Environmentalists are stepping up efforts to outlaw the hunting of endangered and declining birds in Britain.
Tens of thousands of wading birds are legally killed every year in the name of sport – despite the numbers of some species being in freefall.
TV presenter and naturalist Chris Packham has created a petition with the aim of springing a parliamentary debate on the subject.
He has been backed by major charities and it is part of a wider campaign to bring the hunting of these animals to an end.
Shooting of the birds is having a serious impact on their population – which is already under pressure due to factors such as habitat loss.
Birds regularly killed in large numbers include woodcock, golden plover and snipe.
British Trust for Ornithology and RSPB data shows a 76% decline in woodcock in the last 25 years.
Although the wintering population is increased by migrants, studies of shot birds report that 17% are from the UK breeding population.
In the same period snipe have declined by a huge 89% and between 1993 and 2013, golden plover decreased by 17% in England and 25% in Scotland.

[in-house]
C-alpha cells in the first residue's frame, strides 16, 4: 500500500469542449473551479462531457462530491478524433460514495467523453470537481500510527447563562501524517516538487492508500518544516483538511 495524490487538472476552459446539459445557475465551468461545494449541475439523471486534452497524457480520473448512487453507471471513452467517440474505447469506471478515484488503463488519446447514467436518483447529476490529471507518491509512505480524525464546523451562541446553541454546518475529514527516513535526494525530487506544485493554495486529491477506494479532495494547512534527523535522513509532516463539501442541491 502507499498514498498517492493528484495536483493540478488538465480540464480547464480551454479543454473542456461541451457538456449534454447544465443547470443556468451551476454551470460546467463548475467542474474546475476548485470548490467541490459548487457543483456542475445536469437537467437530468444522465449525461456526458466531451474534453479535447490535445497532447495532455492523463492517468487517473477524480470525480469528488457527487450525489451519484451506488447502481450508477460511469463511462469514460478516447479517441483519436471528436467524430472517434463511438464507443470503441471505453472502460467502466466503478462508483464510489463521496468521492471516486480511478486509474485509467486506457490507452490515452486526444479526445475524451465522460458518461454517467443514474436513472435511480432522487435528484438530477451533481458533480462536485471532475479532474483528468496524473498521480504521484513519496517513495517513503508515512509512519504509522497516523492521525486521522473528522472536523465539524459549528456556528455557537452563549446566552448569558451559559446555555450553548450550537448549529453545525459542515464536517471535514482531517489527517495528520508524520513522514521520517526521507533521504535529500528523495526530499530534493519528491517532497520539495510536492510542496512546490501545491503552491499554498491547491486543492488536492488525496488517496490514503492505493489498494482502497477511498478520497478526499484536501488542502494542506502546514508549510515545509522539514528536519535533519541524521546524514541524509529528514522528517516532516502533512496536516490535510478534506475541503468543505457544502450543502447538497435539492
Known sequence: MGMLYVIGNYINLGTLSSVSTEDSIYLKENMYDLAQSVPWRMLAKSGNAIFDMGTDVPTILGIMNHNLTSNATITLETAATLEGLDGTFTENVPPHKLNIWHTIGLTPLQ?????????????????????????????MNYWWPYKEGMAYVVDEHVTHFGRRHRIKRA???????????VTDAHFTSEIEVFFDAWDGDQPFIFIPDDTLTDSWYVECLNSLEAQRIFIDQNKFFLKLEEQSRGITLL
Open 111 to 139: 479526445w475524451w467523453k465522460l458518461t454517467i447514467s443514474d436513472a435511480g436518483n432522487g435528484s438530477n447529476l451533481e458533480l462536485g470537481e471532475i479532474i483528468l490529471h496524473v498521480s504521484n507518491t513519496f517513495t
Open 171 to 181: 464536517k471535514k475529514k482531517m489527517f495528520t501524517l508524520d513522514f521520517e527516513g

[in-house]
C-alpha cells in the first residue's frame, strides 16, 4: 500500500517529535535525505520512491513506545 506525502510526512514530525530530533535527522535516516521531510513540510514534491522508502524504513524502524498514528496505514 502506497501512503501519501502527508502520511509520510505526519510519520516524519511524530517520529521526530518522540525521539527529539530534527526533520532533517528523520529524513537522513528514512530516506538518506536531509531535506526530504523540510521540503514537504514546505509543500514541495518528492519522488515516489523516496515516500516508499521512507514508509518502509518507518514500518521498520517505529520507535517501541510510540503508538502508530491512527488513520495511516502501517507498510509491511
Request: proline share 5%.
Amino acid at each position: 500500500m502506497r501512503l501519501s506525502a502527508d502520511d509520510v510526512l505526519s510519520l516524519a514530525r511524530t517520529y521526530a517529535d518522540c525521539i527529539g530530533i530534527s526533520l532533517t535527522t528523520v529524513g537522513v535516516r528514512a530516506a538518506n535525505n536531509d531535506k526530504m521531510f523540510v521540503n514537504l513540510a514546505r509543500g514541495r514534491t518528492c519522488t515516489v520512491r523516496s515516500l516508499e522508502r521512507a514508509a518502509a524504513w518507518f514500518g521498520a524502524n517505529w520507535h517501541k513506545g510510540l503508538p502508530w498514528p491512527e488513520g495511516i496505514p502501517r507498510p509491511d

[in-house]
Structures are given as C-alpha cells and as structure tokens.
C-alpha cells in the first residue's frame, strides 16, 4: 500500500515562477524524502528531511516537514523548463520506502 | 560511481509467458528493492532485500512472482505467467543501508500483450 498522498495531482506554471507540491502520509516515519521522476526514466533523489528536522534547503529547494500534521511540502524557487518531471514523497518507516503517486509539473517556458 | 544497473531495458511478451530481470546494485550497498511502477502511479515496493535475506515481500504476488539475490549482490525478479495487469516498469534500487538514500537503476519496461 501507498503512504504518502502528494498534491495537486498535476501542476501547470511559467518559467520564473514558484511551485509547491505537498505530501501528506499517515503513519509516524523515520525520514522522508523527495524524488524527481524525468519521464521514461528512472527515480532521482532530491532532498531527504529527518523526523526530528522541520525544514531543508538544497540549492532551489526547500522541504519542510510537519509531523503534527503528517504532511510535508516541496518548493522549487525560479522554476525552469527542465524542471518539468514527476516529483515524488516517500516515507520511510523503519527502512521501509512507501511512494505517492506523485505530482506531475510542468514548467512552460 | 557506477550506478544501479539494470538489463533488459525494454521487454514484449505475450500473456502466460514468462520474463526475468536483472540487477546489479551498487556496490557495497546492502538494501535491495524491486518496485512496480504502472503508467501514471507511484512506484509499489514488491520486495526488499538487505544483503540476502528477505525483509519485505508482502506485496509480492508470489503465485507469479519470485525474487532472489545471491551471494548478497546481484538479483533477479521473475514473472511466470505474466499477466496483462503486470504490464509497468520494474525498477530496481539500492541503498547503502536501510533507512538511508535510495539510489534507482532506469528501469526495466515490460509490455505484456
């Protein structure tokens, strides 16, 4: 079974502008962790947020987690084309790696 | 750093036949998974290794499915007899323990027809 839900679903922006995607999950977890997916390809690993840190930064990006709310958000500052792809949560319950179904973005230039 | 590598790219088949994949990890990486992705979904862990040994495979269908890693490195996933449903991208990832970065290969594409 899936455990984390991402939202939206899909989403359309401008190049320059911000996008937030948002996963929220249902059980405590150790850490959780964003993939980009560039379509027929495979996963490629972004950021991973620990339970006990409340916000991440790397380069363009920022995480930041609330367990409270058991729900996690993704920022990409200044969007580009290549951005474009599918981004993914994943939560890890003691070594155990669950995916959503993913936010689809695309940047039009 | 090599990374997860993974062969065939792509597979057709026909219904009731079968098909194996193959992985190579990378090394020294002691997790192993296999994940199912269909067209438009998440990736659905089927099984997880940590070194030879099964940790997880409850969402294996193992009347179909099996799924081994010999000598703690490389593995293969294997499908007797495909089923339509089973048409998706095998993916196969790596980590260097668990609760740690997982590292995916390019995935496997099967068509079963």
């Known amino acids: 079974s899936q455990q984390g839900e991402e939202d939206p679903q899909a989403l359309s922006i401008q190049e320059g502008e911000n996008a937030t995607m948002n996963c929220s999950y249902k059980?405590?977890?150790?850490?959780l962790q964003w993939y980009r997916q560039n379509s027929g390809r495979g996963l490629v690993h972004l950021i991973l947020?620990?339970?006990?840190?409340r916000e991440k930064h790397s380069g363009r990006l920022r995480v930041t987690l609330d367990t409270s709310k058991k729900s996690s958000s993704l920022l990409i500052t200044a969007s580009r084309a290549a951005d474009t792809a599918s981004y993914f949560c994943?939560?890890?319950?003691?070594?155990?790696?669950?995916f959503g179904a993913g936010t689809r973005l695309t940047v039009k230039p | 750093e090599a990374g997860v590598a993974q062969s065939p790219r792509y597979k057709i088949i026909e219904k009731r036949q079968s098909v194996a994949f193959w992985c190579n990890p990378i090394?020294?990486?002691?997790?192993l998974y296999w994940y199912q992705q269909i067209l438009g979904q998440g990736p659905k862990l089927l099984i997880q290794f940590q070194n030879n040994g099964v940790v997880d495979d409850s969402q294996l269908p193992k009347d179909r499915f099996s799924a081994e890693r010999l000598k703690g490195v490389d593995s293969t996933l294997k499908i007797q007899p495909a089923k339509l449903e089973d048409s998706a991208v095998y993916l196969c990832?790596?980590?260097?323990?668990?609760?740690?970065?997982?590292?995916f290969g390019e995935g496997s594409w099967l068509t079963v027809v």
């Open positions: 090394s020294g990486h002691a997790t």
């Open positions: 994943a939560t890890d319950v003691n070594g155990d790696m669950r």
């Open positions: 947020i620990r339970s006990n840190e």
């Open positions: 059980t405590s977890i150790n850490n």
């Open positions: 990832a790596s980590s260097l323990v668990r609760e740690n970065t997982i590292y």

Packham said: “Continuing to harvest species in such steep decline is perilous and counterproductive to conservation practices.”
His petition calls for a moratorium on shooting so that further scientific studies can be carried out on the population impact of hunting.
The current Tory UK government has shown little appetite for taking action.
Responding to the petition’s launch, a spokesperson said: “It is unlikely that hunting has had a significant impact on recent population trends for woodcock, snipe and golden plover; trends are likely to be influenced more by the quality and extent of habitat.”
However, a parliamentary debate – which will happen if 100,000 people sign the petition - will help keep the debate over the issue in the public eye.
Packham has previously provoked the ire of the hunting industry with his high profile role in the campaign against driven grouse shooting.